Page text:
Flour: $3.89
Tax: $0.12
Total: $4.01

3 Pink Lady Apples: $0.24
2 bananas: $0.44
Tax: $0.02
Total: $0.70

Budget left: $8.85 ($4.84 w/o buffer)
Buffer left: $20.99

Tuesday, March 17, 2009

Grocery Challenge, part 2

First, I forgot to factor in a $5.14 purchase for milk and salsa that BJ made just before I started this challenge and that didn't get categorized as groceries until a few days ago. [sigh] So I'll figure that in at the end.

Today I bought a few things at the grocery store. I didn't plan ahead to get any fantastic deals (though, I did get lucky on the prices), nor did I need the stuff, per se. But I really wanted to make this tonight, and I needed the pudding. Also, we were almost out of milk (which is bad when you need to make pudding). Since I'm keeping track of my grocery spending on here, I figured I had to put it on, whether it was a fantastic deal or not.

  • 2 boxes of Vanilla pudding (turns out I only needed one, but oh well. I have it for next time now): $0.69 each
  • 1 gallon of 2% milk: $1.59
  • Tax: $0.09
Total: $3.06

Budget left: $9.55
Buffer left: $25

Wednesday, March 11, 2009

Grocery Challenge!

I'm currently in super penny pinching mode right now, so in trying to figure out where else we can save money, I decided to present myself with a challenge. On average (since November anyway) we spend about $181.50 per month on groceries. This month, I wanted to drastically cut that and see if I could make it. So this month's goal is $100. That wouldn't be so bad, except we're already partway into the month and I've already gone grocery shopping and have already spent $72. That leaves me $28 for the rest of the month. I'm feeling quite brave and adventurous, though, so I decided that I can do this.

Please note, I'm not trying to live off of only the food I can purchase with $28. My shelves are pretty stocked up, and this will force me to be creative in making meals with what I have. It will also teach me to read the grocery ads and search for really good deals.

My first shopping trip was today. I spent $10.63 at Smith's and Buy Low. I purchased:
  • 10 bags of pasta $4.90 (I figure that will go a long way in eating frugally)
  • 1 lb. bag of carrots $0.25
  • 16 kiwi $2
  • 3 onions $0.17
  • 1 cantaloupe $1.28
  • 1 red pepper $0.78
  • 1 green pepper $0.78
In addition, I transferred my pre-natal prescription (which I ran out of last night) to Smith's and they gave me $25 on my Preferred Savings card. I'm going to try to still make it in my original $28 budget, but if I don't, I have a $25 buffer. (Side note: with my groceries and my prescription, I still made $1.27 after the $25 of free groceries.)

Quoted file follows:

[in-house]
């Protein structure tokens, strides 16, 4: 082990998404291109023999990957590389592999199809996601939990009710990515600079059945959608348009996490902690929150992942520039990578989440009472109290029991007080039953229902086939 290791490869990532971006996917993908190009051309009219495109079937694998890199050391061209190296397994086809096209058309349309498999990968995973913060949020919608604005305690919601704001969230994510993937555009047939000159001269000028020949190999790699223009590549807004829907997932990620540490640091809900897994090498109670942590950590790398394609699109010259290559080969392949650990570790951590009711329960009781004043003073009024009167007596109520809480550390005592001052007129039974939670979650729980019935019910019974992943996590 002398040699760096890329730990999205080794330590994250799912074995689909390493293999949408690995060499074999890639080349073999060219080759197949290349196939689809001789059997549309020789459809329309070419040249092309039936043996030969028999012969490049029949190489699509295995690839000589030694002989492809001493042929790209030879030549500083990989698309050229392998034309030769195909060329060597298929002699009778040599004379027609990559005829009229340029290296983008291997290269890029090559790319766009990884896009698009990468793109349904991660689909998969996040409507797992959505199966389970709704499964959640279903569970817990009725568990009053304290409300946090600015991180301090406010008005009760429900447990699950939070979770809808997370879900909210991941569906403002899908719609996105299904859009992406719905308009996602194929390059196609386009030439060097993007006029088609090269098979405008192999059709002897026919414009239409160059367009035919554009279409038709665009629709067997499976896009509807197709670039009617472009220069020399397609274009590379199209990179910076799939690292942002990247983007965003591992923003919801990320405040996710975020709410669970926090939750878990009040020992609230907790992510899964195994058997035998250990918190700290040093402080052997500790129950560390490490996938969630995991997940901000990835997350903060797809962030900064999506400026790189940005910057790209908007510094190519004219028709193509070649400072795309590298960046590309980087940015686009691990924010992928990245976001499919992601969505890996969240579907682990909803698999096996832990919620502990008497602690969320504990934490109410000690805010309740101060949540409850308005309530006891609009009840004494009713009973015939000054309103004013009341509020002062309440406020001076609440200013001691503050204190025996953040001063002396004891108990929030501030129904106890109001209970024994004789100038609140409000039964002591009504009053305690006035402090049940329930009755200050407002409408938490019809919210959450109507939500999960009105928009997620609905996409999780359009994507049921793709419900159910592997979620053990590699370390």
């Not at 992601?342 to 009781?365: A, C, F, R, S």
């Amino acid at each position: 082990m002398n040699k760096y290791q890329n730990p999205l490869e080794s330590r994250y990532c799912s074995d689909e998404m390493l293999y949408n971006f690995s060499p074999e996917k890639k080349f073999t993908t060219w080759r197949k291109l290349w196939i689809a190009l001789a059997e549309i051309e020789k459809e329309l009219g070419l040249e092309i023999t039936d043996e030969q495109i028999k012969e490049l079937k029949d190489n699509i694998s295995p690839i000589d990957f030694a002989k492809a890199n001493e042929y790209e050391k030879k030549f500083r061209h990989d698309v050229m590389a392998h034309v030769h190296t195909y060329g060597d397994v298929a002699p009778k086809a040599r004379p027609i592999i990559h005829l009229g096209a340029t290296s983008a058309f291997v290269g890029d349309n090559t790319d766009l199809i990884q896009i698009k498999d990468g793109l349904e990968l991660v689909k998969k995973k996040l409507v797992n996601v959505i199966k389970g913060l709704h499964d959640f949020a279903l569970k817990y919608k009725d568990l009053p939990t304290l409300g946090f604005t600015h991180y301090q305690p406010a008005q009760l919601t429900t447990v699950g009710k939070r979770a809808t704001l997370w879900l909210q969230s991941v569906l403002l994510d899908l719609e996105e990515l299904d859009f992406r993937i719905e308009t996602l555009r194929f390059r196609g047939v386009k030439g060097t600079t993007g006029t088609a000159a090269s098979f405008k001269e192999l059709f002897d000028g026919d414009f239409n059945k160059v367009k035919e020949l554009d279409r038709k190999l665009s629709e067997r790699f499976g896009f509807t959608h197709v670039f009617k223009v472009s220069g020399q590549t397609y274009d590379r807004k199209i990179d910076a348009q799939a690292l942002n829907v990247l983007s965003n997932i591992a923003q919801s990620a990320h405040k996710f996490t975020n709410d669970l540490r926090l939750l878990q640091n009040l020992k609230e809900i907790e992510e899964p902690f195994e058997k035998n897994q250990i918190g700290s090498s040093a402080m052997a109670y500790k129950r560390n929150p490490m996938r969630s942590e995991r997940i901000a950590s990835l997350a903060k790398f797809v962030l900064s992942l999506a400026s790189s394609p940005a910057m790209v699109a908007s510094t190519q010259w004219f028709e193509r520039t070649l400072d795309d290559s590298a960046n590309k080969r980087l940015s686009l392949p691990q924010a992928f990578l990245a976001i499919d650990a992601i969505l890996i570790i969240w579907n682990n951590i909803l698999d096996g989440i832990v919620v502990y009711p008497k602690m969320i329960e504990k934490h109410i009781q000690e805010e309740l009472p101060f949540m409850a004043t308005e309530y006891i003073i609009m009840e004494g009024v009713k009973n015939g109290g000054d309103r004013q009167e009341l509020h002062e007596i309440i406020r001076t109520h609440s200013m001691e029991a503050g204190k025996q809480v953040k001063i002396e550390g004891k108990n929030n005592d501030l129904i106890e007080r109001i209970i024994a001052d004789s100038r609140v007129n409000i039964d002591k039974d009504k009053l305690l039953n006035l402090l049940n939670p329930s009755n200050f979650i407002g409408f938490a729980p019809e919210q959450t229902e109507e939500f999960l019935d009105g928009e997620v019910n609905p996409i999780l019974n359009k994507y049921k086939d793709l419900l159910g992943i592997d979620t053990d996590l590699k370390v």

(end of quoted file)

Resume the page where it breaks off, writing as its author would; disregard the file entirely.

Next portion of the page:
Budget left: $17.37
Buffer left: $25

Monday, March 9, 2009

Walgreens 3/8-3/14

Today my list was a lot longer than what I was able to bring home, owing to the fact that I don't shop on Sunday, so a lot of what I wanted was gone by the time I got to Walgreens this morning. Luckily, we have two Walgreens, so when the Provo Walgreens turned up empty, I headed over to Orem's where I hit jackpot on the most important portion of my shopping list—diapers. Sure, there were a lot of other things I wanted to get that they were out of, but my understanding is that this is the best diaper deal in the history of couponing... at least, that's what it sounds like on all the couponing blogs I read, so that was my main goal. Anyway, here's my shopping trip of the day!

Grand Total: $10.50; Grand Savings: $66.33

Transaction 1: Total: $4.68; Total Savings: $32.47
  • 3 Huggies Jumbo packs. On sale for $10 each. $5 internet printables. (You can print two per computer.) RR: buy $25 of participating products (which Huggies jumbo packs are part of) and get $10 in RR. So, $30 - $15 - $10 = Total for three: $5
  • Skintimate Shave Gel. Price: $1.99. RR: $1. Total: $0.99
I also had a RR from a previous shopping trip for $3.50, which helped pay for this. (It counts as a MC in the savings.) You have to have more items than coupons, so because I had three Huggies, I had to throw something else in there without a coupon. I was getting the Skintimate anyway, because I'm almost out and it was cheap, so I put it on this transaction.

Pre-checkout savings:
  • Total WAG advertised savings: $2.97
  • MC Savings: $18.50 (Including a $3.50 RR I had from a previous trip)
  • Total pre-checkout Savings:$21.47
  • Subtotal: $13.49
  • Tax: $2.19
  • Total OOP: $15.68
  • RR:$11
  • Total: $4.68
Transaction 2: Total: $5.82; Total Savings: $33.86
  • 3 Huggies Jumbo packs. On sale for $10 each. $5 internet printables. (You can print two per computer.) RR: buy $25 of participating products (which Huggies jumbo packs are part of) and get $10 in RR. So, $30 - $15 - $10 = Total for three: $5
  • Colgate Toothpaste: On sale for $3.49 $1 internet printable. $2.50 ES. Total: $0.01 profit
  • 1 Thingamajig; 2 Watchamacallits. On sale 2/$1. (I got these to put my total number of products above my total number of coupons.) Total: $1.50
Pre-checkout savings:
  • Total WAG advertised savings: $2.36
  • MC Savings: $21.50 (Including a $3 RR I had from a previous trip)
  • Total pre-checkout Savings:$23.86
  • Subtotal: $13.49
  • Tax: $2.33
  • Total OOP: $15.82
  • RR:$10
  • Total: $5.82